Fossil-fuel emissions were identified as the main source of greenhouse gases—especially CO2. The focus on CO2 immediately opened a debate on energy use in the industrialized world, and it initiated major efforts to invest in research and development in the field of alternative and renewable energy sources. The emission of fossil carbon as CO2 is part of a much larger, predominantly natural cycle of C assimilation (photosynthesis) and respiration. This natural cycle has been disturbed, however, not only by fossil-fuel emission, but also by land use changes (mainly deforestation and harvest of primary forest) (Prentice et al. 2001). The carbon cycle links biology with industrial and agricultural production, with the consequence that practically no group in society is unaffected by changes in the carbon cycle or its management. This is presumably why it has proved so difficult to turn an apparently simple request—to begin to adjust fossil-fUel emissions downward toward a rate that can be reabsorbed by natural processes—into action.

The Kyoto Protocol core elements can be summarized as follows (Schulze et al. 2002):

1. The industrialized countries and those with economies in transition (the 45 "Annex B" countries) commit themselves to a reduction in fossil-fuel emissions in the first commitment period (2008-2012) compared with emissions in the base year 1990 (Article 3.1). The reduction should be at least 5 percent when averaged across all Annex B countries. The specific commitment, however, varies among countries. This results in country-specific "assigned amounts" for fossil-fuel emissions in 2008. Some countries are allowed to increase emissions, such as Australia (+8 percent). Others have to make larger reductions. The EU (-8 percent) internally has a "burden sharing" agreement that requires some parties to carry out reductions whereas others can increase emissions. The extremes are 21 percent reductions for Denmark and Germany and a 30 percent increase for Greece. The accounting will take place according to specific rules in the first commitment period between 2008 and 2012. The year 1990 (or 1997) will be the baseline year for several definitions and actions.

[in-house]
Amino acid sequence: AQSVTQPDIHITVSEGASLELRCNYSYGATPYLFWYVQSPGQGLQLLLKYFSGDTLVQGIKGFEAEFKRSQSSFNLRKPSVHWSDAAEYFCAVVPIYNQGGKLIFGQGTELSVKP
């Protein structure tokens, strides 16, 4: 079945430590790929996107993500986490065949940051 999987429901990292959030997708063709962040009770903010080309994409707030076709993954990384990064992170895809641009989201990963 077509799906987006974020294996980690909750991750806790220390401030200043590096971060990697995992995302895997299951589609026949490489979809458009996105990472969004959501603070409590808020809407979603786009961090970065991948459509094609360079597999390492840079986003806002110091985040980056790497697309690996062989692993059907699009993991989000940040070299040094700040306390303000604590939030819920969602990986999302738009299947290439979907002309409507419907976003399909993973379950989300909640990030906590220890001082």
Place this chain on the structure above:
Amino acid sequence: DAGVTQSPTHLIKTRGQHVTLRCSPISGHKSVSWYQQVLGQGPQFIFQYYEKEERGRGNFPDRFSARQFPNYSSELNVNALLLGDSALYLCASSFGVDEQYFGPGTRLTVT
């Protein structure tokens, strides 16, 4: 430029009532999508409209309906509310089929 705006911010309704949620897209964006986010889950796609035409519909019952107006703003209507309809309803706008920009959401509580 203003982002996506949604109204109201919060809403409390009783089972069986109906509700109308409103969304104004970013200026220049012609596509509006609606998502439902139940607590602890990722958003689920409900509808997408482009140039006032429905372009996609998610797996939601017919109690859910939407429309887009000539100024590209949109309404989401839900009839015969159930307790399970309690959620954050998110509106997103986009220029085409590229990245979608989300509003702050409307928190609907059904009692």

2. Countries are allowed to create carbon sinks in order to offset emissions. This can be done by planting new forests (afforestation and reforestation), decreasing deforestation (Article 3.3: ARD), or applying new management approaches (Art. 3.4: Additional activities2) in forestry, agriculture, and grazing that can create new carbon pools. These new C pools can become tradable resources in their own right.

3. The protocol can be interpreted in ways that allow countries and the private sector to trade CO2 equivalent units from technological developments (e.g., improving power station efficiency) and from additional activities in forestry and agriculture. Carbon units can be traded between Annex B countries (Art 6: Joint implementations, JI) as well as between industrialized Annex B countries and developing nonAnnex B countries (Art. 12: Clean development mechanism, CDM).